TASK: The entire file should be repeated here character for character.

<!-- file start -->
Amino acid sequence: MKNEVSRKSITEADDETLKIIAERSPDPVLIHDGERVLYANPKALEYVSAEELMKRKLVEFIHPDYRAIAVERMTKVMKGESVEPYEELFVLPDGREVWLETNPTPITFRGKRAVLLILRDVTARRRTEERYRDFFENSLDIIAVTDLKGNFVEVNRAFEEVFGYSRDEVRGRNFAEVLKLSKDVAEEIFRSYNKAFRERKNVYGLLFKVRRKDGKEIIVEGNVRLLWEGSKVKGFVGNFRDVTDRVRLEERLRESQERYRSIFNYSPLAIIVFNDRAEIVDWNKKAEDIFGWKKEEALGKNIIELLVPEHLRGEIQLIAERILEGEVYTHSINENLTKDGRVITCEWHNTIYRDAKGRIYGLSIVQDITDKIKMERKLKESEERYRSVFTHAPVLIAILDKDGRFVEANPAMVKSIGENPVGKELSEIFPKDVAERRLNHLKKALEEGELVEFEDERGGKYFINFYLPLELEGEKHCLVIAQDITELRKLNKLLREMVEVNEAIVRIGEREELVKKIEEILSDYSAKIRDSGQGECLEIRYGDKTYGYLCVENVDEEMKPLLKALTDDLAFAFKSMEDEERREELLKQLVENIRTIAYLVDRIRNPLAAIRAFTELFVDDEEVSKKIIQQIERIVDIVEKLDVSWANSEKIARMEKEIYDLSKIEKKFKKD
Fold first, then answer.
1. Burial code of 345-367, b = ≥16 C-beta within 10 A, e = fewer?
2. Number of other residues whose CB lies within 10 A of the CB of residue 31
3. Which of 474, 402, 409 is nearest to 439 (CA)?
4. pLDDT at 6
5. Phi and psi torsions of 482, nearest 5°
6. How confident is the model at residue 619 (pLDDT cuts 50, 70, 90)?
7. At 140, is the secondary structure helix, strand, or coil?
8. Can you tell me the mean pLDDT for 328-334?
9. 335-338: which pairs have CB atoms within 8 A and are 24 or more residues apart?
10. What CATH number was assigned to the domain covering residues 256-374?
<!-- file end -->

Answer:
Amino acid sequence: MKNEVSRKSITEADDETLKIIAERSPDPVLIHDGERVLYANPKALEYVSAEELMKRKLVEFIHPDYRAIAVERMTKVMKGESVEPYEELFVLPDGREVWLETNPTPITFRGKRAVLLILRDVTARRRTEERYRDFFENSLDIIAVTDLKGNFVEVNRAFEEVFGYSRDEVRGRNFAEVLKLSKDVAEEIFRSYNKAFRERKNVYGLLFKVRRKDGKEIIVEGNVRLLWEGSKVKGFVGNFRDVTDRVRLEERLRESQERYRSIFNYSPLAIIVFNDRAEIVDWNKKAEDIFGWKKEEALGKNIIELLVPEHLRGEIQLIAERILEGEVYTHSINENLTKDGRVITCEWHNTIYRDAKGRIYGLSIVQDITDKIKMERKLKESEERYRSVFTHAPVLIAILDKDGRFVEANPAMVKSIGENPVGKELSEIFPKDVAERRLNHLKKALEEGELVEFEDERGGKYFINFYLPLELEGEKHCLVIAQDITELRKLNKLLREMVEVNEAIVRIGEREELVKKIEEILSDYSAKIRDSGQGECLEIRYGDKTYGYLCVENVDEEMKPLLKALTDDLAFAFKSMEDEERREELLKQLVENIRTIAYLVDRIRNPLAAIRAFTELFVDDEEVSKKIIQQIERIVDIVEKLDVSWANSEKIARMEKEIYDLSKIEKKFKKD
Fold first, then answer.
1. Burial code of 345-367, b = ≥16 C-beta within 10 A, e = fewer?
2. Number of other residues whose CB lies within 10 A of the CB of residue 31
3. Which of 474, 402, 409 is nearest to 439 (CA)?
4. pLDDT at 6
5. Phi and psi torsions of 482, nearest 5°
6. How confident is the model at residue 619 (pLDDT cuts 50, 70, 90)?
7. At 140, is the secondary structure helix, strand, or coil?
8. Can you tell me the mean pLDDT for 328-334?
9. 335-338: which pairs have CB atoms within 8 A and are 24 or more residues apart?
10. What CATH number was assigned to the domain covering residues 256-374?